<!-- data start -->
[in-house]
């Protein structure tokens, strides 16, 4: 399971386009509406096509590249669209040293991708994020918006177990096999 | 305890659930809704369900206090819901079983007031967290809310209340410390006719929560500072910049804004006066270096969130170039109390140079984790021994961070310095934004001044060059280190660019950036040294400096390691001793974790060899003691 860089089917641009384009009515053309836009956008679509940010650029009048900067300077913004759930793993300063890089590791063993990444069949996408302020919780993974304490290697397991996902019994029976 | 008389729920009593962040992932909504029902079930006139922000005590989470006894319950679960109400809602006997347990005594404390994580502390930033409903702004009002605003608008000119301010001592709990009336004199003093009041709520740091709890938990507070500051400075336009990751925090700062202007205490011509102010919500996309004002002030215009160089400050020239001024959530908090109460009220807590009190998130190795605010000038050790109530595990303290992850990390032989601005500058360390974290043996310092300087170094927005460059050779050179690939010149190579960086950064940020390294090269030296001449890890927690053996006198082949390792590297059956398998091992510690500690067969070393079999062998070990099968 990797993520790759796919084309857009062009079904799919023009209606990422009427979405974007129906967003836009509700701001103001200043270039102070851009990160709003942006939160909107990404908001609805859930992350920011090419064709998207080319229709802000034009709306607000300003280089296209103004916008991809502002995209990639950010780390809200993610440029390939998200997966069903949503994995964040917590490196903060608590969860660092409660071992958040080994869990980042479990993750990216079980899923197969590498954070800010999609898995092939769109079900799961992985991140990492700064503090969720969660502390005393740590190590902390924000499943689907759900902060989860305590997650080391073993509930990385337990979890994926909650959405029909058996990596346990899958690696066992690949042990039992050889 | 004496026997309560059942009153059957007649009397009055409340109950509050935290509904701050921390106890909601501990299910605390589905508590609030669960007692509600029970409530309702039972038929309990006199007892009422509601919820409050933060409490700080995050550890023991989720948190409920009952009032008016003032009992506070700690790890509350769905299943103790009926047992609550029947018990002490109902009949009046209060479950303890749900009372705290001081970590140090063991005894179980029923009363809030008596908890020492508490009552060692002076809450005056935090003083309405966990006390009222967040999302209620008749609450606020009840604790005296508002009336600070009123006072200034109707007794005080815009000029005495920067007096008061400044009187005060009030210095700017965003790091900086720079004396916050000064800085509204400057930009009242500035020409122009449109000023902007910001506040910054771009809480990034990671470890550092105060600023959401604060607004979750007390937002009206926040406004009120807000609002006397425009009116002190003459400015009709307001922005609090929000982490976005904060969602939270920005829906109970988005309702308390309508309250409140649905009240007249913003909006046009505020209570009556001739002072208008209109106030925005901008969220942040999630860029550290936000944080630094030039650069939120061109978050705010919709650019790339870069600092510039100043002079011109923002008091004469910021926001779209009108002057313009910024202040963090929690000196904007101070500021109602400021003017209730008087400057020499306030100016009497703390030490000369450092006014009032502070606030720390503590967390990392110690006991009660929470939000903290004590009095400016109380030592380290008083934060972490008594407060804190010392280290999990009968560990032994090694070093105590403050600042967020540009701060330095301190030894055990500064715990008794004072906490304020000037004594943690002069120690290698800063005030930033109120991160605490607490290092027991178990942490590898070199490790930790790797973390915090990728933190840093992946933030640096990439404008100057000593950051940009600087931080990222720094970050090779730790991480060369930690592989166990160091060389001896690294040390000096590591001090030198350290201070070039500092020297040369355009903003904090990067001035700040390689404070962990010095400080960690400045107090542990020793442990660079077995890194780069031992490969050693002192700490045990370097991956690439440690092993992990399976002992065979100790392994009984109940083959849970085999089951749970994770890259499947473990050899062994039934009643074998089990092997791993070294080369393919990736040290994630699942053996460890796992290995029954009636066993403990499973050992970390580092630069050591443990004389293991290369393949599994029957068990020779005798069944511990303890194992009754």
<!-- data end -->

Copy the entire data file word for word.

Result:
[in-house]
């Protein structure tokens, strides 16, 4: 399971386009509406096509590249669209040293991708994020918006177990096999 | 305890659930809704369900206090819901079983007031967290809310209340410390006719929560500072910049804004006066270096969130170039109390140079984790021994961070310095934004001044060059280190660019950036040294400096390691001793974790060899003691 860089089917641009384009009515053309836009956008679509940010650029009048900067300077913004759930793993300063890089590791063993990444069949996408302020919780993974304490290697397991996902019994029976 | 008389729920009593962040992932909504029902079930006139922000005590989470006894319950679960109400809602006997347990005594404390994580502390930033409903702004009002605003608008000119301010001592709990009336004199003093009041709520740091709890938990507070500051400075336009990751925090700062202007205490011509102010919500996309004002002030215009160089400050020239001024959530908090109460009220807590009190998130190795605010000038050790109530595990303290992850990390032989601005500058360390974290043996310092300087170094927005460059050779050179690939010149190579960086950064940020390294090269030296001449890890927690053996006198082949390792590297059956398998091992510690500690067969070393079999062998070990099968 990797993520790759796919084309857009062009079904799919023009209606990422009427979405974007129906967003836009509700701001103001200043270039102070851009990160709003942006939160909107990404908001609805859930992350920011090419064709998207080319229709802000034009709306607000300003280089296209103004916008991809502002995209990639950010780390809200993610440029390939998200997966069903949503994995964040917590490196903060608590969860660092409660071992958040080994869990980042479990993750990216079980899923197969590498954070800010999609898995092939769109079900799961992985991140990492700064503090969720969660502390005393740590190590902390924000499943689907759900902060989860305590997650080391073993509930990385337990979890994926909650959405029909058996990596346990899958690696066992690949042990039992050889 | 004496026997309560059942009153059957007649009397009055409340109950509050935290509904701050921390106890909601501990299910605390589905508590609030669960007692509600029970409530309702039972038929309990006199007892009422509601919820409050933060409490700080995050550890023991989720948190409920009952009032008016003032009992506070700690790890509350769905299943103790009926047992609550029947018990002490109902009949009046209060479950303890749900009372705290001081970590140090063991005894179980029923009363809030008596908890020492508490009552060692002076809450005056935090003083309405966990006390009222967040999302209620008749609450606020009840604790005296508002009336600070009123006072200034109707007794005080815009000029005495920067007096008061400044009187005060009030210095700017965003790091900086720079004396916050000064800085509204400057930009009242500035020409122009449109000023902007910001506040910054771009809480990034990671470890550092105060600023959401604060607004979750007390937002009206926040406004009120807000609002006397425009009116002190003459400015009709307001922005609090929000982490976005904060969602939270920005829906109970988005309702308390309508309250409140649905009240007249913003909006046009505020209570009556001739002072208008209109106030925005901008969220942040999630860029550290936000944080630094030039650069939120061109978050705010919709650019790339870069600092510039100043002079011109923002008091004469910021926001779209009108002057313009910024202040963090929690000196904007101070500021109602400021003017209730008087400057020499306030100016009497703390030490000369450092006014009032502070606030720390503590967390990392110690006991009660929470939000903290004590009095400016109380030592380290008083934060972490008594407060804190010392280290999990009968560990032994090694070093105590403050600042967020540009701060330095301190030894055990500064715990008794004072906490304020000037004594943690002069120690290698800063005030930033109120991160605490607490290092027991178990942490590898070199490790930790790797973390915090990728933190840093992946933030640096990439404008100057000593950051940009600087931080990222720094970050090779730790991480060369930690592989166990160091060389001896690294040390000096590591001090030198350290201070070039500092020297040369355009903003904090990067001035700040390689404070962990010095400080960690400045107090542990020793442990660079077995890194780069031992490969050693002192700490045990370097991956690439440690092993992990399976002992065979100790392994009984109940083959849970085999089951749970994770890259499947473990050899062994039934009643074998089990092997791993070294080369393919990736040290994630699942053996460890796992290995029954009636066993403990499973050992970390580092630069050591443990004389293991290369393949599994029957068990020779005798069944511990303890194992009754």